The article focuses on Dr. Roger Hanlon and his ongoing research over a 30 year period with cephalopods, animals that can change or disguise themselves in their environments. Among them, the cuttlefish, squids and octopus are the “world’s camouflage champions.” One account tells that after following an octopus for an hour and a half underwater, Dr Hanlon turned away for an instant, and when he turned back, the octopus was gone. After searching for 20 minutes he realized it was right in front of him all the time, exactly where he had seen it before. Other Octopuses he observed “assume the shape of a rock and move in plain sight across the sea floor. But no faster than the ripples of light around them, so they never seem to move.”

It would serve Dr Hanlon and colleagues to study the camouflage abilities of Sri Krishna. Krishna appears in numerous forms, shapes, and guises. He is always with us, He surrounds us and maintains us, but we cannot see Him nor readily detect Him. This is the greatest deception. He simultaneously walks and does not walk. He is within everything and yet he is also outside of everything. He is the furthest away, and even if one travels at the speed of the mind, no one can approach Him. And yet He is the closest of all, residing undetected, in the core of our hearts. And on those rare occasions when yogis and mystics, meditating for ages, finally glimpse the Lord Within The Heart, they think it’s themselves. O’Krishna – the supreme master of camouflage!

“I am never manifest to the foolish and unintelligent. For them I am covered by my creative potency. And so the deluded world knows Me not , who am unborn and infallible. I know everything that has happened in the past, all that is happening in the present, and all things yet to come. I also know all living entities; but Me no one knows.” Bhagavad Gita 7: 25-26

Friday, March 21, 2008

Do I Dare Eat A Peach

Prufrock had had enough. He couldn’t take it another moment. He fled the room with all women talking about the New York Times article, “Some Ignorance Can Cure Chronic Buyer’s Remorse,” by Alina Tugend.


The article explains how people, more then ever, are agonizing in making decisions: small decisions as well as big decisions. There are just too many choices, too much information to sift through. It’s infuriating. Just going to the supermarket can turn into an ordeal. The amount of choices that are available to the consumer is mind boggling. There are dozens of types of cereals, spreads, coffees, sodas, and a gazillion types of potato chips. There’s the fine print to read, the weight of the boxes and the prices to compare. The article also mentioned Timothy Wilson’s book “Strangers To Ourselves,” wherein he writes about his research and observations on the confusion of many consumers. Consumers seem to be shell shocked, walking around dazed, not really knowing what to buy, and not being satisfied with their decision after they do buy something.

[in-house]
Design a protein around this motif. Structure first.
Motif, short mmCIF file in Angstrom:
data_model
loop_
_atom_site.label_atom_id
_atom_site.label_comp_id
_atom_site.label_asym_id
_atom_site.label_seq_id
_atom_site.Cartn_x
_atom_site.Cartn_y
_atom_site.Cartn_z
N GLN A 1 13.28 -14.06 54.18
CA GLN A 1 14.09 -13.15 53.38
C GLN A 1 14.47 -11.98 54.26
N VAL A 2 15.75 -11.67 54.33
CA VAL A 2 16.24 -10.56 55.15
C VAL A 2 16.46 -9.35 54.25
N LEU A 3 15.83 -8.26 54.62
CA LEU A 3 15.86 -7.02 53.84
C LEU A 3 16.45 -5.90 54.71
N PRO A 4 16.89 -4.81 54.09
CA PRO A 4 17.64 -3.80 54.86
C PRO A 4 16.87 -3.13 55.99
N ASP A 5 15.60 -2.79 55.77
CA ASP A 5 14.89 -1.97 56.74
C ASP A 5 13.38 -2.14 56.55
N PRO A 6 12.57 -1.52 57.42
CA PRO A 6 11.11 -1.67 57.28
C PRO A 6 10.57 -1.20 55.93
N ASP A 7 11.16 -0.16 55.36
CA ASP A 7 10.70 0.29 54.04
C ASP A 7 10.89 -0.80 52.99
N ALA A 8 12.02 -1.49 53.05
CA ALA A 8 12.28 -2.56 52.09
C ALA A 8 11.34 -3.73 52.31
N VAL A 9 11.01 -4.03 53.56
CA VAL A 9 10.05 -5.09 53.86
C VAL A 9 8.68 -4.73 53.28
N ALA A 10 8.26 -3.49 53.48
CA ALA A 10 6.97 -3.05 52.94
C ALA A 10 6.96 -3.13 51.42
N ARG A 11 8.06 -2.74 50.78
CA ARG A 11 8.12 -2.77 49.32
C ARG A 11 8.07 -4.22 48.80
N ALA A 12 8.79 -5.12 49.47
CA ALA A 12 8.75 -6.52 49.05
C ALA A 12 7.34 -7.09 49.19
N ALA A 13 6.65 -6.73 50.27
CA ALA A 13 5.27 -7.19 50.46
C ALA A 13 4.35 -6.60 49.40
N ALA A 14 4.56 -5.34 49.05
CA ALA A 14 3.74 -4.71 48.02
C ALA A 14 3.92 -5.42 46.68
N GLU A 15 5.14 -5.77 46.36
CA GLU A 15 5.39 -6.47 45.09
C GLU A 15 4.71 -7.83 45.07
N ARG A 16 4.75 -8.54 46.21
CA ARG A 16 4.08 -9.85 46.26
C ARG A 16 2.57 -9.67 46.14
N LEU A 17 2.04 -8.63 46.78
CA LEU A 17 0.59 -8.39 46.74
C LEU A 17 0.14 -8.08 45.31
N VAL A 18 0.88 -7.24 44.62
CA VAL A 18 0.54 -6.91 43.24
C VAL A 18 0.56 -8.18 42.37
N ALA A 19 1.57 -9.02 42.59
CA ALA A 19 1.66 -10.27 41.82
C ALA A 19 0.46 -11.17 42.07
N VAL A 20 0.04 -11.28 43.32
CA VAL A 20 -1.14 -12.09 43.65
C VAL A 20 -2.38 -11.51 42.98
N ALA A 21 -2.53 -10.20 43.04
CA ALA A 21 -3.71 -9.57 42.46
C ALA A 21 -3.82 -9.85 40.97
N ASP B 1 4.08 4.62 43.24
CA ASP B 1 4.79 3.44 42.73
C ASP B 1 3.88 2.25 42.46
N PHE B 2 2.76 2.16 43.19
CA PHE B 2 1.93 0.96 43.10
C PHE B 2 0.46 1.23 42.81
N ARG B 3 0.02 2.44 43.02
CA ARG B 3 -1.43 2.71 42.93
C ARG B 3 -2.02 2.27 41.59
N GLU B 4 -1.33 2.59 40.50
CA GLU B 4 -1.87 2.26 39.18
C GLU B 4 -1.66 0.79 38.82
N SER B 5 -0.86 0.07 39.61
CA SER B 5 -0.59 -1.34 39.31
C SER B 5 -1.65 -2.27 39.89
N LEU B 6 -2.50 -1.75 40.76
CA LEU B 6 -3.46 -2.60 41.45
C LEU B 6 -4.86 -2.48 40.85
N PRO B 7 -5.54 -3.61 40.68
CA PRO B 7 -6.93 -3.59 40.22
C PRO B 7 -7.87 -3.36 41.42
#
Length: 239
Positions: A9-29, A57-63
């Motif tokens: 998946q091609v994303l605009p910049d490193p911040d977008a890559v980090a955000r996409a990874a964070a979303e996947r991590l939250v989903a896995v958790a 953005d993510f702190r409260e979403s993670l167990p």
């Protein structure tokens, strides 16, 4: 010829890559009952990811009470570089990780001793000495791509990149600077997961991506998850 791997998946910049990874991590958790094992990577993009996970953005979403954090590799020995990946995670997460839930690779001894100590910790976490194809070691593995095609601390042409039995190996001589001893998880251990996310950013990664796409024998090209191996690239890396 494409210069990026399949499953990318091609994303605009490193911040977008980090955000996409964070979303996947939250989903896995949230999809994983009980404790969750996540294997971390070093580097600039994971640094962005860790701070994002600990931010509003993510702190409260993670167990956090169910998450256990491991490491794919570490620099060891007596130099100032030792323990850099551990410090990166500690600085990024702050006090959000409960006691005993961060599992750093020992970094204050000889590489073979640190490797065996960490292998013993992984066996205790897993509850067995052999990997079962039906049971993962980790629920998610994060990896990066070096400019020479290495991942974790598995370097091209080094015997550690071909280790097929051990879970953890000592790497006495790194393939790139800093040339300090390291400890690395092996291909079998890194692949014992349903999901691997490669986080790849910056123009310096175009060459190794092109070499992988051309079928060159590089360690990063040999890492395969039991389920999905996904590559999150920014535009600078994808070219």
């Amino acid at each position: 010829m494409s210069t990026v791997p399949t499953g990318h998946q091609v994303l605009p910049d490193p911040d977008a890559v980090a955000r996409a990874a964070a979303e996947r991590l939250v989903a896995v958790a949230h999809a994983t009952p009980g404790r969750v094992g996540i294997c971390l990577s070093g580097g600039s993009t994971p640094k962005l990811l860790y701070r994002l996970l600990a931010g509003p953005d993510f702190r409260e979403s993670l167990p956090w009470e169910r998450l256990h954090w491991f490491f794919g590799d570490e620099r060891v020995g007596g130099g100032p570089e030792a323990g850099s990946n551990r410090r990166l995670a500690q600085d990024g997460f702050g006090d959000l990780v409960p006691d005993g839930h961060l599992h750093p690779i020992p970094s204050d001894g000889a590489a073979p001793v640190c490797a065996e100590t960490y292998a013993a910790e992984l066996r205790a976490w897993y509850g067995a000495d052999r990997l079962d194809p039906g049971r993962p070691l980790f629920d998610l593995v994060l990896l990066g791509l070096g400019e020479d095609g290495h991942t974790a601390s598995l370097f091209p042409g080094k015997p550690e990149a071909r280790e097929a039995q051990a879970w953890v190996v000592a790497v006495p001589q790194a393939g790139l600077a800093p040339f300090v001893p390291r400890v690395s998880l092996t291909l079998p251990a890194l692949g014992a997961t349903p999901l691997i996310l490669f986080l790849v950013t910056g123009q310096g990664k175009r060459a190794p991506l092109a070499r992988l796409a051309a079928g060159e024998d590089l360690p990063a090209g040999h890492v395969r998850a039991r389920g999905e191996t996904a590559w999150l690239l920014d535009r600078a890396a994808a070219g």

Prufrock found himself standing alone in the produce aisle of the neighborhood grocery eyeing the peaches. And indeed, he too began to agonize. “Do I dare eat a peach? Where are they from? Chili, Taiwan, China? They’ve gotten awfully expensive. Are they worth it? I wonder if they’re dry inside. And they can’t be very healthy with all the pesticides they use? I could wind up with cancer or Alzheimer’s. And look at these grapes, apples and strawberries. They’re not much better.”

Plagued by indecision Prufrock fled the grocery and wandered through half deserted streets. A lot of the houses were empty because of the mortgage foreclosures. Prufrock still had his home, but who knew for how long. He recently lost heavily in the stock market. He had thought surely that Bear Stearns was solid. But he had been proven wrong. He wondered if any decision he made can ever again be right or satisfying. Prufrock desperately wanted to save face. He thought there was still time, time to prepare a face to meet the faces that he would meet. He wanted to appear composed and successful at the fag end of life. At least he could have that.

But that image shattered when he caught a glimpse of himself in a store window. His hair had grown thin. And his arms and legs had gotten so thin. He was overcome with worry and wasn’t eating properly. Surely people would talk. In his youth he thought about daring to disturb his universe. But as it turned out, that was only a passing phase, and ultimately he carefully and deliberately measured out his life with coffee spoons. His life had been filled with so many details, so much minutiae and, of course, appearances to maintain. So many decisions and indecisions, and a hundred visions and revisions. Where would it all end???

He hurried on not knowing where to. “It was for the best,” he thought. “After all, the little things are important.… But what did I really do with my life? I could have easily been a pair of ragged claws scuttling across the ocean floors. I didn’t have the guts to force the moment to its crisis.… I have wept and fasted and prayed. But who am I kidding. I’m no prophet. I saw death waiting and yes, I am afraid…. But I should have squeezed the universe into a ball and rolled it toward some overwhelming question. It would have been damn well worth it…. But no, that’s not me. Instead, I settled for the novels and teacups and skirts….”

Then Prufrock heard the sound of a sankirtana party coming down the street. Drums, cymbals, Hare Krishna. His mind was terrified. This was all too much for him. Wanting to avoid the Krishnas, again he fled, and this time he went for a calming walk on the beach.